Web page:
I originally wrote this way back when I was still toying with the idea of starting a blog, after a particularly frustrating incident left me needing to vent. That was over two years ago, so the writing is a little amateurish compared to my more recent stuff. Next post, I'll tell the story that inspired it.
When most Japanese people I meet find out that I'm interested in the language and the culture, they're delighted. They're flattered that I'm trying to participate and pleased that I'm trying to understand. They're forgiving when I make mistakes and wonderfully supportive of everything I'm trying to do. This has overwhelmingly been my experience, and I'm grateful to all the people who have helped me, been my friends, and invited me through the door.
Some aren't like this.
Some are of a very different opinion. Because I'm not Japanese I can never understand Japanese culture. Sometimes I screw things up when I talk, therefore I don't speak Japanese at all. My goals are messed up, or else they're a waste of time because I could never possibly achieve them as an outsider. I'm just a sad hanger-on, a skinny obsessive little weeaboo, and would I just knock it off and go wallow in my own ignorance with my little white friends who, like me, also speak only one language but fetishize Asian girls and sit alone in our rooms by ourselves all the time.
And it pisses me right off. When I encounter stuff like this elsewhere in my life, I can pretty much let it be. Because I've made a point of surrounding myself with people who like me, and will call me out if they think I'm wrong but mostly just make me feel good about myself. Anybody who tries to go against that, I don't need. But this is a little different. A handful of magic words can make my blood boil. "You can't X." "You don't know what you're talking about." "Your Japanese doesn't make any sense." I can and I'm going to. I've been looking into the topic for YEARS of my life now and I've earned the right to put forth an informed opinion. It does make sense and you goddamn know it, it's just not perfect. It's the attitude, the condescension. It's the dismissiveness.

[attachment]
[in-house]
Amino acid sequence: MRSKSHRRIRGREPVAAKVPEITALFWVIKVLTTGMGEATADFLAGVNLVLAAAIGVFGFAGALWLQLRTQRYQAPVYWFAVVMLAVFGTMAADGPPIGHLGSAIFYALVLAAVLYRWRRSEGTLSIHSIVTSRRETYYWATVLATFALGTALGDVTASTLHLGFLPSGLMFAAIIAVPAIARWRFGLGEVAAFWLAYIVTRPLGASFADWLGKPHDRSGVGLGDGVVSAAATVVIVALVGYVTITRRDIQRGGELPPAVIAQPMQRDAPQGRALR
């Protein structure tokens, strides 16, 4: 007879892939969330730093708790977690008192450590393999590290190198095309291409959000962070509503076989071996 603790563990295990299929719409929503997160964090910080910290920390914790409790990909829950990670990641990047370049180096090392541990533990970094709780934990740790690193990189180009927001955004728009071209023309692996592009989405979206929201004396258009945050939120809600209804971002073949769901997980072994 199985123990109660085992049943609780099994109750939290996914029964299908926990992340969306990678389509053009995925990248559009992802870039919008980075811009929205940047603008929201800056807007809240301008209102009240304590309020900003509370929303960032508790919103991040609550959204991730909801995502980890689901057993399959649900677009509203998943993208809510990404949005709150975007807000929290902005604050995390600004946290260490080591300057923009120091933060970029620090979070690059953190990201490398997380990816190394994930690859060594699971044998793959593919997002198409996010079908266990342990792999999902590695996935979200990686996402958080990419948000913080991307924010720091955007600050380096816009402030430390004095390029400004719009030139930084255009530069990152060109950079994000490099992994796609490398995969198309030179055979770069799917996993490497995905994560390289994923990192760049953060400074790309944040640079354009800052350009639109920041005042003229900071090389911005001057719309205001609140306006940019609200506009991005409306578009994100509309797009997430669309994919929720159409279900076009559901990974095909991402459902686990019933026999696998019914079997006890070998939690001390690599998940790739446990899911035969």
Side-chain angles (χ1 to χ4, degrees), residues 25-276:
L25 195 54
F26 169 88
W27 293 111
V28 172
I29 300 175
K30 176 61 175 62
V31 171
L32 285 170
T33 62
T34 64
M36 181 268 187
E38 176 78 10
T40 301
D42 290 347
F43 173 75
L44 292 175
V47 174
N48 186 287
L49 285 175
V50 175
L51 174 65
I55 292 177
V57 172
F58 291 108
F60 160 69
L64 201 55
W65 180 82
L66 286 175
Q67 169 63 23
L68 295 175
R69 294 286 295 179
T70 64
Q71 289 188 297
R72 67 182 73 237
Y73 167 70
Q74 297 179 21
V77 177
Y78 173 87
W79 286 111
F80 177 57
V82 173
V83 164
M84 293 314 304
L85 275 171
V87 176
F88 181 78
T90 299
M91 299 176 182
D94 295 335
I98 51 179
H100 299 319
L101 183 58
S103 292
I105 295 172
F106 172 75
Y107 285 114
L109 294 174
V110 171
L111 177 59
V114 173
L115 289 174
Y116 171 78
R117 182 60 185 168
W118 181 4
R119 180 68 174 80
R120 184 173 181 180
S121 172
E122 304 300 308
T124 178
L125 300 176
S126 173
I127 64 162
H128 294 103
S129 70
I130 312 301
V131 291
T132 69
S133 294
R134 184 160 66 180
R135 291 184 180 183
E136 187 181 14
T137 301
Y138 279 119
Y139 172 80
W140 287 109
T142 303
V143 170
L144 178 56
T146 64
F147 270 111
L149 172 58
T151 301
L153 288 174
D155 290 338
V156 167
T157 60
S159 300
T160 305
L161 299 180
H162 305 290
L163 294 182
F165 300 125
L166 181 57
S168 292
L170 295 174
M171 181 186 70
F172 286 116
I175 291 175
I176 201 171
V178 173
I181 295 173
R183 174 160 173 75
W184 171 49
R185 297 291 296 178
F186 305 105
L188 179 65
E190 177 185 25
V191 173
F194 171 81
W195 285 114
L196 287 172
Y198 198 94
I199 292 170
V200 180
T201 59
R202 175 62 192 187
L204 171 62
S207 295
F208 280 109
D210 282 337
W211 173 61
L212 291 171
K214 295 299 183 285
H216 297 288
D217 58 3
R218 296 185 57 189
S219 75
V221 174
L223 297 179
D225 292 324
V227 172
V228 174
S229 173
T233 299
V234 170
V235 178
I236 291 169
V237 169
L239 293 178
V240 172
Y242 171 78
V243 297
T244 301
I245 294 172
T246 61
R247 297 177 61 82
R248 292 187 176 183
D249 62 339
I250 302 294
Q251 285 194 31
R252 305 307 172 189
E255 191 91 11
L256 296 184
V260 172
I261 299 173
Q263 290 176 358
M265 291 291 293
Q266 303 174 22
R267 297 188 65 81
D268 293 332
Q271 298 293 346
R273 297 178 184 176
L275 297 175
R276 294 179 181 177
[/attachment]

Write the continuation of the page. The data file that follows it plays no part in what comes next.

As soon as I can, I'm going to move back to Japan and then I'm going to live there for the rest of my life. I decided that a very long, long time ago. This is the primo goal I'm working towards at all times, to which all others are subordinate. So when someone tries to tell me that all the energy I'm putting towards this – the hours of study I put in each day, all the work I do, both as Japanese Club Vice President and on my own time, trying to make sure the Japanese students on campus are taken care of and feel comfortable and welcome, without agenda, simply because I love Japanese people – is basically worthless, I get angry, because they're making me feel like my identity is being invalidated. Not as some loser white guy trying to 'be Japanese,' but as a proud Canadian who has decided to make Japan his home.
What really gets me is the double standard they apply, a sort of Japanese exceptionalism wherein it's totally possible for them to grasp Canadian culture (and yes, there is such thing as Canadian culture, but we're not going to talk about that right now), but I can't do the reverse, and when I point this out they just wave it off as me just plain not understanding. Can you imagine if I went around telling foreigners in Canada that they'll never be able to learn English? People would think I was a complete asshole! That's not really material, though. And I've done some things in the past that people had every right to get angry about, and from time to time I still do. But I think that's a separate issue, too, and when that stuff happens it's usually an honest mistake, or at least not because I'm trying to make waves.
I really believe that the good I do outweighs the bad, and that I take more flak than I deserve. The only thing I can think to do is refuse to give in. Try to show how I earnest I really am, that I mean business, and maybe, every once in a while, get somebody to rethink their view of me. I don't expect to change many minds, but I really shouldn't let the naysayers upset me, either. Keep studying Japanese, keep trying to learn about the country, and keep making Japanese friends. Then surround myself with the ones who get me.